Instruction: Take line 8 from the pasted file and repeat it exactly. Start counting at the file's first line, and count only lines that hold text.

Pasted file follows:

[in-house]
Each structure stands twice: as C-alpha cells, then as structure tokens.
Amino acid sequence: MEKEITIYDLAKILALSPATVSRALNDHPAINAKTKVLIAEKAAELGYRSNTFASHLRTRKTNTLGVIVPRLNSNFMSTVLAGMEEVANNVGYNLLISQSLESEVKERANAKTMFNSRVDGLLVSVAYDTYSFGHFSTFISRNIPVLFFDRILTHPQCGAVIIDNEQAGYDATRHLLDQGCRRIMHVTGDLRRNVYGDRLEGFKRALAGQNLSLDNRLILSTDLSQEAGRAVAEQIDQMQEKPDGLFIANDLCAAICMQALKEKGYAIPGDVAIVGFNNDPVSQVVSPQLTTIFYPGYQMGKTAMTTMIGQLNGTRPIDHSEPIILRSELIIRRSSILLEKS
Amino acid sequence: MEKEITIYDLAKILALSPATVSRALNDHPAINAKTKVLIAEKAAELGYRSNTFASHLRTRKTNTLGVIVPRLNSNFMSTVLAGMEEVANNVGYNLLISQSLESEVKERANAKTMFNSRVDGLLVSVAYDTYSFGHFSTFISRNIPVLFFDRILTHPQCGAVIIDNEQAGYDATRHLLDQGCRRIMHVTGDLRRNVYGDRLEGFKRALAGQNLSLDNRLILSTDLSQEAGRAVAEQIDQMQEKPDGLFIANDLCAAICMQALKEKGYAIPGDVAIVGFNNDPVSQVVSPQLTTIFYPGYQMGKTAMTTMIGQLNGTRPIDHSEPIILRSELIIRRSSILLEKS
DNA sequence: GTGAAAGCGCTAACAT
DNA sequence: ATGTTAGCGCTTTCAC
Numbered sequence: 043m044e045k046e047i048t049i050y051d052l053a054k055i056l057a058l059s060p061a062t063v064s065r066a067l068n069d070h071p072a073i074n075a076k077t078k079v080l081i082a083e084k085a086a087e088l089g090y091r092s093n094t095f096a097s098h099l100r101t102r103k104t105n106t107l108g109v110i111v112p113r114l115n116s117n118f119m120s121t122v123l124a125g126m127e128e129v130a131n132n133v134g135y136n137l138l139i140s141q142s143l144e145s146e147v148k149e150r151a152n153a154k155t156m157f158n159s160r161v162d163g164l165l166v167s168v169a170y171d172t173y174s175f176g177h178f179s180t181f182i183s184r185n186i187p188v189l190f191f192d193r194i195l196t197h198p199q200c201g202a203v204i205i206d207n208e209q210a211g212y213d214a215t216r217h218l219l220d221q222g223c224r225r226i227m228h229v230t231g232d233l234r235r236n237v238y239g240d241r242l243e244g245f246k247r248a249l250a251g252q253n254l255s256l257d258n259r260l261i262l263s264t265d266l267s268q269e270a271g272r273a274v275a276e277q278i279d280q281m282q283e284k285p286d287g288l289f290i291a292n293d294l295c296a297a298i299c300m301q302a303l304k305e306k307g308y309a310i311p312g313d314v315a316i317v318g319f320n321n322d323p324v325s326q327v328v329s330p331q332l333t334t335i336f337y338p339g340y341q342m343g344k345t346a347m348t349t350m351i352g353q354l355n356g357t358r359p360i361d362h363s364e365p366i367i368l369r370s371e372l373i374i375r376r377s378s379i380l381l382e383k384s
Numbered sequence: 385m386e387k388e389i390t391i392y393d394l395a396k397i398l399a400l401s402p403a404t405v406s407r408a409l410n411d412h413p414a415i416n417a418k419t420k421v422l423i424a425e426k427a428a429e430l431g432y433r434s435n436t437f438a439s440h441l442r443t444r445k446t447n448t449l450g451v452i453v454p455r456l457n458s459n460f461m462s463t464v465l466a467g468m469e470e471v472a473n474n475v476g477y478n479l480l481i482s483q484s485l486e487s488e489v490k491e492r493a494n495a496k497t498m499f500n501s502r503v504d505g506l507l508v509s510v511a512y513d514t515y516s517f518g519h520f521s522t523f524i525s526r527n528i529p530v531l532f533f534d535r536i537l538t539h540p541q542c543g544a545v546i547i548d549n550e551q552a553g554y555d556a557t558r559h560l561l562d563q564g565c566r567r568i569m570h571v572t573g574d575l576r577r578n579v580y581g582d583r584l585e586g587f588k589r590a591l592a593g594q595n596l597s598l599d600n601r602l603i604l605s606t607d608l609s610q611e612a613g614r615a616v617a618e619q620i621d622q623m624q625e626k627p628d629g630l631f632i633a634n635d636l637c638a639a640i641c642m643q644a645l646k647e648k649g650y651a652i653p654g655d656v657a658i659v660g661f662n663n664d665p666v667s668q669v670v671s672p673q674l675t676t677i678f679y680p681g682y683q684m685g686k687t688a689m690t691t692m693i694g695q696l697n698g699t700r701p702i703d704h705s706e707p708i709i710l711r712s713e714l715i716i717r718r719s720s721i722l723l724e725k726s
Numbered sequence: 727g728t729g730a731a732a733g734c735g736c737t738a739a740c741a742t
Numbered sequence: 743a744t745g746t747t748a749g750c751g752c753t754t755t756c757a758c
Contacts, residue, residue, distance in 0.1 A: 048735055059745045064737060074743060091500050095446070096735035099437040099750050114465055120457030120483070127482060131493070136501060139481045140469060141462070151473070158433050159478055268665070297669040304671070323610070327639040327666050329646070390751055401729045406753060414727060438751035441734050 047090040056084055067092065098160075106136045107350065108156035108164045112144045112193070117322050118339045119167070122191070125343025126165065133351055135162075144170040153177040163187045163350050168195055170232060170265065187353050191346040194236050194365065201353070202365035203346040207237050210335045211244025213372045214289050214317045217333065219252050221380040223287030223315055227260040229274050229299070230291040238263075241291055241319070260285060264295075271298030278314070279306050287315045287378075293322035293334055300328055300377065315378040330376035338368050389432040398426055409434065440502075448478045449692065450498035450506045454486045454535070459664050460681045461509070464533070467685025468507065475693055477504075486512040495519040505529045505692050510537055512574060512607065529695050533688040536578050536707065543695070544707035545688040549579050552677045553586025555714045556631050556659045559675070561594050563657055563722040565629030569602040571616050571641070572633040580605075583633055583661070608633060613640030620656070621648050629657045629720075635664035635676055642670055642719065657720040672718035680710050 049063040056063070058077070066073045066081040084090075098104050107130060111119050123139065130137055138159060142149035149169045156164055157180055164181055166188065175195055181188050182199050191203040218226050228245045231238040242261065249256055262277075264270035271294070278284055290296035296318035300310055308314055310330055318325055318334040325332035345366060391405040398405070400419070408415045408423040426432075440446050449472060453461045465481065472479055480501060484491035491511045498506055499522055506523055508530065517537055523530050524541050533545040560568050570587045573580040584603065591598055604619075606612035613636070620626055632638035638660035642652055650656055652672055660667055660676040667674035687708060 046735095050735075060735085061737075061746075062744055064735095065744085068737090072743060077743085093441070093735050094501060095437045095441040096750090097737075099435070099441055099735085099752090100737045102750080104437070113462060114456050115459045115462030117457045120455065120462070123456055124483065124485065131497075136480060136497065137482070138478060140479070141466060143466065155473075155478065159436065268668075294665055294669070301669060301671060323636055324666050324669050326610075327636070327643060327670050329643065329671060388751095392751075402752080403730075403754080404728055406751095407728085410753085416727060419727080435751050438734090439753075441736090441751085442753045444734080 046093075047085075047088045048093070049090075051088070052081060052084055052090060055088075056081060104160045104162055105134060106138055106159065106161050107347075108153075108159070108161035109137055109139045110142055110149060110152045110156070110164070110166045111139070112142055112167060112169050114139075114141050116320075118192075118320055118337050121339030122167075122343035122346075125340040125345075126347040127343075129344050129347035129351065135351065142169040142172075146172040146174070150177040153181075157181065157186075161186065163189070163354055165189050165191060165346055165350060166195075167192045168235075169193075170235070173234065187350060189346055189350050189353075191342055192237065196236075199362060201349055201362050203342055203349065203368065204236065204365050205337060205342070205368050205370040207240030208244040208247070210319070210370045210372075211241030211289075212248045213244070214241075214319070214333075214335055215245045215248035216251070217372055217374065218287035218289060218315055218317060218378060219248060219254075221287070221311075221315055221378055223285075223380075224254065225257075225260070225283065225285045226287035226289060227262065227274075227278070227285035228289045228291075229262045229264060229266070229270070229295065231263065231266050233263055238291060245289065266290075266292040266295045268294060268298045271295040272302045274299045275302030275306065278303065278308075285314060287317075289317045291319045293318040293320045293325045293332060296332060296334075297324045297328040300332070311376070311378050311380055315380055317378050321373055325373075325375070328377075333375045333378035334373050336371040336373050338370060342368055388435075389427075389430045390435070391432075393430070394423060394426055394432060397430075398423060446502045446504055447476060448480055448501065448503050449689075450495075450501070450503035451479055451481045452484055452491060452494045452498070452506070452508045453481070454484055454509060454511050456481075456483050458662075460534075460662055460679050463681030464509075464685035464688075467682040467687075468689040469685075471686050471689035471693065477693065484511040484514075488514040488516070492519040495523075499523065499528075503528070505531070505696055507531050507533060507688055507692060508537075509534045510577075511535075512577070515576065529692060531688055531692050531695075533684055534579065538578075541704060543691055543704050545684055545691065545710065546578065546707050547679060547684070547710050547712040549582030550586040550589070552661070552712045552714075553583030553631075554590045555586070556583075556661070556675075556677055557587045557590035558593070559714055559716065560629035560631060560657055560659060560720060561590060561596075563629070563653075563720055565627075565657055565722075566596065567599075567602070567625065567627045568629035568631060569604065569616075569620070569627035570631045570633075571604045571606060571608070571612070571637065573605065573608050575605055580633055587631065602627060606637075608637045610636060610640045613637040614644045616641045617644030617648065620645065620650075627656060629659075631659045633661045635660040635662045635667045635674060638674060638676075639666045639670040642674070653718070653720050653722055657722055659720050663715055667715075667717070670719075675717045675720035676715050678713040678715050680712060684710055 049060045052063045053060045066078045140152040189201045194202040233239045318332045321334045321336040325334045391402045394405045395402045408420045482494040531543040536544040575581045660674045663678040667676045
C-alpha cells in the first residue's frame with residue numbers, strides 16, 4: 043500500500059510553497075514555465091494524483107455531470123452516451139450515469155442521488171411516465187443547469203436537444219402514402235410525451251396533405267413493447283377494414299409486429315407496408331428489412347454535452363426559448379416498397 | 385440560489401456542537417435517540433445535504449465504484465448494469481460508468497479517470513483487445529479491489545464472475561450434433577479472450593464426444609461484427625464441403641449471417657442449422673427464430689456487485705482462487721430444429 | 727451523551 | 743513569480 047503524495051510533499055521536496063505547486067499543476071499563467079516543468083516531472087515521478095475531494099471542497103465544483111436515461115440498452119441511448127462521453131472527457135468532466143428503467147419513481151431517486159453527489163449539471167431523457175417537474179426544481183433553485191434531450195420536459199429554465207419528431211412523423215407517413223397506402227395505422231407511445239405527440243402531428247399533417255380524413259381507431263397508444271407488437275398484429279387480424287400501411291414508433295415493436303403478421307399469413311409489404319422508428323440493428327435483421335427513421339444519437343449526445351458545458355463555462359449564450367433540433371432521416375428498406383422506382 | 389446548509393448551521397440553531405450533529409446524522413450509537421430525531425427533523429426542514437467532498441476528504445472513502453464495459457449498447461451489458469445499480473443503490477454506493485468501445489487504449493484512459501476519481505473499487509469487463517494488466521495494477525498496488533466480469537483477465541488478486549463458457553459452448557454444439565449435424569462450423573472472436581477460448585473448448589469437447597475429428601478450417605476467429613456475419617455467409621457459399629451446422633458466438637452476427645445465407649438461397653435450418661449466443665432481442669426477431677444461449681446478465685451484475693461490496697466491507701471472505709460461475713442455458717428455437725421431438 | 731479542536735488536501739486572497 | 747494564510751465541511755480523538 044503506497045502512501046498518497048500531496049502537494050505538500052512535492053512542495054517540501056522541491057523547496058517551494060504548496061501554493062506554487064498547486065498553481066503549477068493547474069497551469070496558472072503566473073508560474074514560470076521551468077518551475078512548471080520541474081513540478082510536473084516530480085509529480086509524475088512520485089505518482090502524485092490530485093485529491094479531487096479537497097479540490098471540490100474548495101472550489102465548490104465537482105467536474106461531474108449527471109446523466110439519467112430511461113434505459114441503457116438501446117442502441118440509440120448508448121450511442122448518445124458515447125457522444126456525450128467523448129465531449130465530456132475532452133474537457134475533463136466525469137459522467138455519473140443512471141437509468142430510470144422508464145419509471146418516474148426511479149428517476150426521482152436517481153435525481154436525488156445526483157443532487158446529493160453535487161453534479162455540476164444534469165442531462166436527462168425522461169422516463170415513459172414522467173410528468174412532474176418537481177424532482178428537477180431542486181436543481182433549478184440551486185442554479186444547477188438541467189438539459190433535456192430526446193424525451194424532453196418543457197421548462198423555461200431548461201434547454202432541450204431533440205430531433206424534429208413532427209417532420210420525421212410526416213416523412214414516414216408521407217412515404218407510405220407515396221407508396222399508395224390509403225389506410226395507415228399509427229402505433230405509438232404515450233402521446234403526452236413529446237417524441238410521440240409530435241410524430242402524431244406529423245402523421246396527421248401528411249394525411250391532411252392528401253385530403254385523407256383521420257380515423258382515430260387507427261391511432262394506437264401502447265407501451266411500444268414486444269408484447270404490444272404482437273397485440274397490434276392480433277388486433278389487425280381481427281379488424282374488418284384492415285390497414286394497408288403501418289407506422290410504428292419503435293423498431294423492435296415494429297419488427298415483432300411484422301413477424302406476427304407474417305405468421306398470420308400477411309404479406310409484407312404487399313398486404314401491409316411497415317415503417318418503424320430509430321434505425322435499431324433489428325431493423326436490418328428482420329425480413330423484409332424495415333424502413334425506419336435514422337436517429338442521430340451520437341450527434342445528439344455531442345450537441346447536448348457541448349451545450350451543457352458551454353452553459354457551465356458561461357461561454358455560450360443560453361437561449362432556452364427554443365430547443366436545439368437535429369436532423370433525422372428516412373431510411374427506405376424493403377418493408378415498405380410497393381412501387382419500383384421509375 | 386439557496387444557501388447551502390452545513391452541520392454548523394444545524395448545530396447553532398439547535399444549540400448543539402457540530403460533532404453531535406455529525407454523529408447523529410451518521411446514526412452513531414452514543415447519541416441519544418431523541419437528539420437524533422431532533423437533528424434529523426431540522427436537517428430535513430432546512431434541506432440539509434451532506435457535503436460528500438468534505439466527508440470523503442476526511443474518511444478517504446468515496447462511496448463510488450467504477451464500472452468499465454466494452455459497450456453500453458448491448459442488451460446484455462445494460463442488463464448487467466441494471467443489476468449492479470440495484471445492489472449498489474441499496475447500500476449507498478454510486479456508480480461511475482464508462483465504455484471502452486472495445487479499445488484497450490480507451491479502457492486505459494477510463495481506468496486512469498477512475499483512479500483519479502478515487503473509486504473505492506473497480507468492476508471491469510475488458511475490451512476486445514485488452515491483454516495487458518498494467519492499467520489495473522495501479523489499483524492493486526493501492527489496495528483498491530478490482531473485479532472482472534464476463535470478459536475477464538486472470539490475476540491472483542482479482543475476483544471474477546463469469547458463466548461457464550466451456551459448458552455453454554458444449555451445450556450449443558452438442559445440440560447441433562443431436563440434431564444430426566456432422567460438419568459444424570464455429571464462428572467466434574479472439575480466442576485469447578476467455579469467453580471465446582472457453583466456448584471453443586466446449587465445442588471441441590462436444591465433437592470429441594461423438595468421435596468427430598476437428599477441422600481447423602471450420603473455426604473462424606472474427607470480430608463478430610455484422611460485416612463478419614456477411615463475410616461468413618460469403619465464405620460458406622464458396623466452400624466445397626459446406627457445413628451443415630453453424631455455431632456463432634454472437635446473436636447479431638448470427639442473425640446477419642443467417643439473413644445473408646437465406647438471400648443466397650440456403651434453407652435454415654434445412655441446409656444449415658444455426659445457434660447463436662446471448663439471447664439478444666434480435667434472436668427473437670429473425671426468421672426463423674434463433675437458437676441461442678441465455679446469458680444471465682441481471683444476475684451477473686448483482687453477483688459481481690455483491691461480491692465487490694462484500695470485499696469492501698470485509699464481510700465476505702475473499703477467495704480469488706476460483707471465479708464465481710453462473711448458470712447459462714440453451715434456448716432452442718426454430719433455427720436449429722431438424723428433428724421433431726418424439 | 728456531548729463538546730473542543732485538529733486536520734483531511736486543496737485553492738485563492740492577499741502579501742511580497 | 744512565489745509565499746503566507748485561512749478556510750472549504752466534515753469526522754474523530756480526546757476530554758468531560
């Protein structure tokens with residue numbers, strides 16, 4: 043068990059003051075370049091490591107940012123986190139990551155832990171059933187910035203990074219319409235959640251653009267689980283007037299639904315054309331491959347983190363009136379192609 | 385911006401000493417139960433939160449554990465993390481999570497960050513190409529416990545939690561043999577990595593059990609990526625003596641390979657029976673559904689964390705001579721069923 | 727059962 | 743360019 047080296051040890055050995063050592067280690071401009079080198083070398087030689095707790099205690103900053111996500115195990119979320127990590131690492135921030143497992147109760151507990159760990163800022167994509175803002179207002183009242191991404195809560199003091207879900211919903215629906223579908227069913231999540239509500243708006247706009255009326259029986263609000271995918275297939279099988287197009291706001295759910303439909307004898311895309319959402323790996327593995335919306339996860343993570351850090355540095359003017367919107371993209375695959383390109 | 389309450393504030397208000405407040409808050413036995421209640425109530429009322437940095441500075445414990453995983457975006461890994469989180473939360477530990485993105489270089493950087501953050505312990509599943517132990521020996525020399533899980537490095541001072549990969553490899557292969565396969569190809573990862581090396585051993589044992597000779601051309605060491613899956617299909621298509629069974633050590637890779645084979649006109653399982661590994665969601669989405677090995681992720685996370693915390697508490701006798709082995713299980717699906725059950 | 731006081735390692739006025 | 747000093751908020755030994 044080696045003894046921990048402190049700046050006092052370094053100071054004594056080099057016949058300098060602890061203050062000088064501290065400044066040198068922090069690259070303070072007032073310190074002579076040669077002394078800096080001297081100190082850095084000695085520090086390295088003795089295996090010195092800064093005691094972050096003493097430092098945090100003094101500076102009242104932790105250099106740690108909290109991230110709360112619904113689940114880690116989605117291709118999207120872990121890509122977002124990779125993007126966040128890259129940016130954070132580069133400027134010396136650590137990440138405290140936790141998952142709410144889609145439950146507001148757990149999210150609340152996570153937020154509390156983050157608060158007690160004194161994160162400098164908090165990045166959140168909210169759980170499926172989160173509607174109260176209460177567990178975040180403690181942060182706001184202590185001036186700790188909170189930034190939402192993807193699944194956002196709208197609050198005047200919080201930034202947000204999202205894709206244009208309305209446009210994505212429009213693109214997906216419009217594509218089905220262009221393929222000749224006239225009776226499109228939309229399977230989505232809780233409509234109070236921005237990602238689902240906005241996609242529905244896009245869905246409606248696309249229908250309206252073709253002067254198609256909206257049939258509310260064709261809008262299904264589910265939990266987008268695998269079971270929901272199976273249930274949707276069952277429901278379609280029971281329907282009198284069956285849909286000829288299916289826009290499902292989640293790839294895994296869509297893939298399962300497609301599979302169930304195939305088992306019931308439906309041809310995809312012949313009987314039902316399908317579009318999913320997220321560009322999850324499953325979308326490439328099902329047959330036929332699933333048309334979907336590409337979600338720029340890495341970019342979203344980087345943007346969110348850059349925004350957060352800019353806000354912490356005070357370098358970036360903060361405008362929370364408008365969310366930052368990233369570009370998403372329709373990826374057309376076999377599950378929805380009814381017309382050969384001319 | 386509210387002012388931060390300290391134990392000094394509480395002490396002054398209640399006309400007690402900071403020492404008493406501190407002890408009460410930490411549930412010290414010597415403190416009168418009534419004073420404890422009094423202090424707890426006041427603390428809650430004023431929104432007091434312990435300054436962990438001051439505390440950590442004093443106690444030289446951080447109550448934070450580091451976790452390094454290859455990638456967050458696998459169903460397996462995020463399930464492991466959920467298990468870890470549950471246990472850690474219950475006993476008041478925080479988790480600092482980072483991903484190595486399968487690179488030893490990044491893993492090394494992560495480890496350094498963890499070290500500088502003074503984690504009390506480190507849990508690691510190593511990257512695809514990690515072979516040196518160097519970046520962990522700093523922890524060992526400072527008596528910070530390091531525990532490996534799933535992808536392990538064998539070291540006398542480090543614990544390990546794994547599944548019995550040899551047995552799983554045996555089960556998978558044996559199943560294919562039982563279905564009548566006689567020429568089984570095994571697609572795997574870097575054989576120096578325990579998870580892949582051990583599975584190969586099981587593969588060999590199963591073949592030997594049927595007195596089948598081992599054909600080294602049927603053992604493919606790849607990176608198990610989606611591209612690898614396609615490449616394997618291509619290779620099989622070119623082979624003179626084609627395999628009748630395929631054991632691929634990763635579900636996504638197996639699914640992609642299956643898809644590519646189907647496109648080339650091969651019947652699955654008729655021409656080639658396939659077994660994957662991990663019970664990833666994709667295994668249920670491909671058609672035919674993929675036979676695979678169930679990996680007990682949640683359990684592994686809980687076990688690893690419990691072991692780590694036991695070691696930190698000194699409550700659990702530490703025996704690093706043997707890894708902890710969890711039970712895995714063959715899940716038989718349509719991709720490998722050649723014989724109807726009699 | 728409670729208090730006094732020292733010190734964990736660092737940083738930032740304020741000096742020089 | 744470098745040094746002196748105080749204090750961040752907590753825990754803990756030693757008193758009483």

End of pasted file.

Numbered sequence: 385m386e387k388e389i390t391i392y393d394l395a396k397i398l399a400l401s402p403a404t405v406s407r408a409l410n411d412h413p414a415i416n417a418k419t420k421v422l423i424a425e426k427a428a429e430l431g432y433r434s435n436t437f438a439s440h441l442r443t444r445k446t447n448t449l450g451v452i453v454p455r456l457n458s459n460f461m462s463t464v465l466a467g468m469e470e471v472a473n474n475v476g477y478n479l480l481i482s483q484s485l486e487s488e489v490k491e492r493a494n495a496k497t498m499f500n501s502r503v504d505g506l507l508v509s510v511a512y513d514t515y516s517f518g519h520f521s522t523f524i525s526r527n528i529p530v531l532f533f534d535r536i537l538t539h540p541q542c543g544a545v546i547i548d549n550e551q552a553g554y555d556a557t558r559h560l561l562d563q564g565c566r567r568i569m570h571v572t573g574d575l576r577r578n579v580y581g582d583r584l585e586g587f588k589r590a591l592a593g594q595n596l597s598l599d600n601r602l603i604l605s606t607d608l609s610q611e612a613g614r615a616v617a618e619q620i621d622q623m624q625e626k627p628d629g630l631f632i633a634n635d636l637c638a639a640i641c642m643q644a645l646k647e648k649g650y651a652i653p654g655d656v657a658i659v660g661f662n663n664d665p666v667s668q669v670v671s672p673q674l675t676t677i678f679y680p681g682y683q684m685g686k687t688a689m690t691t692m693i694g695q696l697n698g699t700r701p702i703d704h705s706e707p708i709i710l711r712s713e714l715i716i717r718r719s720s721i722l723l724e725k726s